This week marked a major milestone for New York City during its 14-month struggle with COVID-19.
Subway service returned to 24 hours, capacity limits on indoor restaurants, workplaces and recreational spaces were lifted — albeit with distancing requirements — and the more than 3.2 million fully vaccinated residents were allowed to go maskless.
While local leaders and businesses cheered the moves as a signal that the Big Apple will soon be back to its pre-pandemic heyday, urban planning experts tell ABC News there is still a long way to go.
The pandemic forced the city’s workforce to conduct all of their business from home instead of offices, leaving whole real estate spaces in the city’s skyscrapers vacant, and a recent survey of employers found that a little more than half of their employees are expected to return.
Getting those vacancies filled will take time, according to Jonathan Peters, a professor of finance in the business department at the College of Staten Island.
“The real question is: When you shock a system like this, does it return to the original position? We’re all seeing what happens,” he told ABC News.
Still, Peters and other experts predict that, given time, New York will be back to its bustling self because of its strong foundation built on arts, commerce and — most importantly — its history in adapting to crises.
The state of the city
Starting May 19, New York City capacity limits were lifted for several indoor sectors. However, businesses are still required to have 6 feet distance between people.
The state-mandated indoor social gathering limit increased from 100 to 250 people. Entertainment venues and sports arenas are allowed to have crowds of 500 people outdoors or 250 people indoors if the attendees showed proof of vaccination or a negative coronavirus test, according to the rules.
Fully vaccinated people can go maskless, except in the subways, hospitals and a few other locations.
Gov. Andrew Cuomo credited the city’s falling COVID-19 cases and spring jump in vaccinations as the main factor behind the rollbacks.
As of May 19, the seven-day average of new coronavirus cases reported was 629, a 1,700 drop from April 19, and over 7.6 million vaccine doses had been administered, a 1.8 million jump from April 19, according to the city’s Health Department.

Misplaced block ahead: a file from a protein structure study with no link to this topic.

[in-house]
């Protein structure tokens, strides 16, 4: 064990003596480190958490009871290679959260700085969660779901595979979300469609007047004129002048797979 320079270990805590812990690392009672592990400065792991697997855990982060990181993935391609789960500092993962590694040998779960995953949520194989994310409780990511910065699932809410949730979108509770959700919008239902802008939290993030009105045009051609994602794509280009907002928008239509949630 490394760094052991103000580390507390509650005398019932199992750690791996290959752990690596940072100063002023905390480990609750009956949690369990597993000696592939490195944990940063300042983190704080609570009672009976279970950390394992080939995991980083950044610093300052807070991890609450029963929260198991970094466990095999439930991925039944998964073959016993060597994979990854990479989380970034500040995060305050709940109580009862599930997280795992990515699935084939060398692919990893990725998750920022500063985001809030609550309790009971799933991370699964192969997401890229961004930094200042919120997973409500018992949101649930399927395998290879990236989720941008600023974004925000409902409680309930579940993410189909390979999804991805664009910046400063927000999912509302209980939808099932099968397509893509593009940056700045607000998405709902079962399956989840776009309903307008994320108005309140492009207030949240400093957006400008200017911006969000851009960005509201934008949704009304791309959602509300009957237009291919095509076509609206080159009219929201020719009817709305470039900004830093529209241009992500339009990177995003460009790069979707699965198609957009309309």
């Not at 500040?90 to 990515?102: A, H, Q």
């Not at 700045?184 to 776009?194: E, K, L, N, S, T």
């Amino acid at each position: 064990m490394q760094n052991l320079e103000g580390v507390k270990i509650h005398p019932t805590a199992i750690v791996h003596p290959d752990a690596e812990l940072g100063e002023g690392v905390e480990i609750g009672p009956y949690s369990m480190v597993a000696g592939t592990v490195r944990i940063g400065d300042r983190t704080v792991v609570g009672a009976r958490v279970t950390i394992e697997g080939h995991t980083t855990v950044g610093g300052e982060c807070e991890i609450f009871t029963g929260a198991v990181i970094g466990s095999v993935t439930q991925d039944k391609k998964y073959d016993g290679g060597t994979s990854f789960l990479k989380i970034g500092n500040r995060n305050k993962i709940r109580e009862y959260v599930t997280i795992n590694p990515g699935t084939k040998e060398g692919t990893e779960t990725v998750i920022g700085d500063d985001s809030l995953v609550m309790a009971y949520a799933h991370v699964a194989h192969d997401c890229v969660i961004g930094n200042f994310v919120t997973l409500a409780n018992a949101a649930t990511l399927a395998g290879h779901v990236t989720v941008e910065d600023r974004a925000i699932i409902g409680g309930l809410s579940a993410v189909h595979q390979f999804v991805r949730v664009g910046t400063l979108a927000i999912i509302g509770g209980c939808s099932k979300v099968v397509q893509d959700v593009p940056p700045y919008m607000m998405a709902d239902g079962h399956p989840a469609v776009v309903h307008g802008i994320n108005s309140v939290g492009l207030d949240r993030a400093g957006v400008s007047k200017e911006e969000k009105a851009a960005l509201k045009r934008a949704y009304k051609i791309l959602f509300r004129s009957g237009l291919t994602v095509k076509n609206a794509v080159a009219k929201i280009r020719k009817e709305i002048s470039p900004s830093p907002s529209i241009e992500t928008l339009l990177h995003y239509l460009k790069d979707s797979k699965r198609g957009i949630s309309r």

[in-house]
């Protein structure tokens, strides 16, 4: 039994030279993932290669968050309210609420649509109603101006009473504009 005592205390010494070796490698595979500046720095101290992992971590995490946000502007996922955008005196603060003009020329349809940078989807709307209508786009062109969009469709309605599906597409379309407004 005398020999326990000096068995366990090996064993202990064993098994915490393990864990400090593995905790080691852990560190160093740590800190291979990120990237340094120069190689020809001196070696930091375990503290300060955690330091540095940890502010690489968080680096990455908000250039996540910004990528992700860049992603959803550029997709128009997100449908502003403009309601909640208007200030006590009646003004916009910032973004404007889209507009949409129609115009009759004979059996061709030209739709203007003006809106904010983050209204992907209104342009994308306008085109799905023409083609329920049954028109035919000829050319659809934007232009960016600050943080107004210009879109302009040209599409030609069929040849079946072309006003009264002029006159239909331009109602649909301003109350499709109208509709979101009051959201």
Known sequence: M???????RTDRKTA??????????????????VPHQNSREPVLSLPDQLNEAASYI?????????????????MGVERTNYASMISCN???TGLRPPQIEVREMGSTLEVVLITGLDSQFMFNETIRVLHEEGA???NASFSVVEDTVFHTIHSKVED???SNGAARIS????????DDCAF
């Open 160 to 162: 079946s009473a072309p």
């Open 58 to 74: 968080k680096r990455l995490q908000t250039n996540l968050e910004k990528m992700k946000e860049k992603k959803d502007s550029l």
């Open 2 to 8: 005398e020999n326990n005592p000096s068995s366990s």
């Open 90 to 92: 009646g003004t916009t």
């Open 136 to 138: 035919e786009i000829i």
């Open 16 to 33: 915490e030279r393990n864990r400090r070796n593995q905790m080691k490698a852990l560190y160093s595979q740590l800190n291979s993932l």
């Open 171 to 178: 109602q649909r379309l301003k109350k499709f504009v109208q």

While other states such as Texas and Florida reopened at the end of March, Peters said New York’s timing was right. It would have been more costly if the city relaxed its health guidance when transmission rates were high and vaccine rates were low during the late winter and early spring, he said.
‘You need to keep bringing the heat up slowly,” he said.
Office return delayed
Based on recent data from New York’s business community, a return to normal will certainly be slow.
New York business and real estate experts predict that the bustling office environment of the pre-pandemic days won’t be coming back until fall at the earliest.
Survey results released in March by the Partnership for New York City, a nonprofit organization that consists of hundreds of the city’s CEOs, found that 22% of employers would require their teams to return to the office full time, and almost half of office workers are expected to return by September.
Some major companies are moving ahead with the return to their cubicles.
Earlier in May, Goldman Sachs sent a message to its employees to make plans for a return to their offices in June, the New York Times reported. Google, which purchased more office space in Manhattan last year, is slated to begin bringing back its employees in September.
Melva Miller, CEO of the Association for a Better New York, a nonprofit business advocacy group, said the real challenge will be for small and mid-level companies to return to their spaces.
She acknowledged that remote work options were already changing the city’s office structure before COVID-19 hit and said the pandemic will make it hard for the genie to go back into the bottle.
However, Miller noted that New York has previously adapted to changes from crises, such as 9/11 and Hurricane Sandy.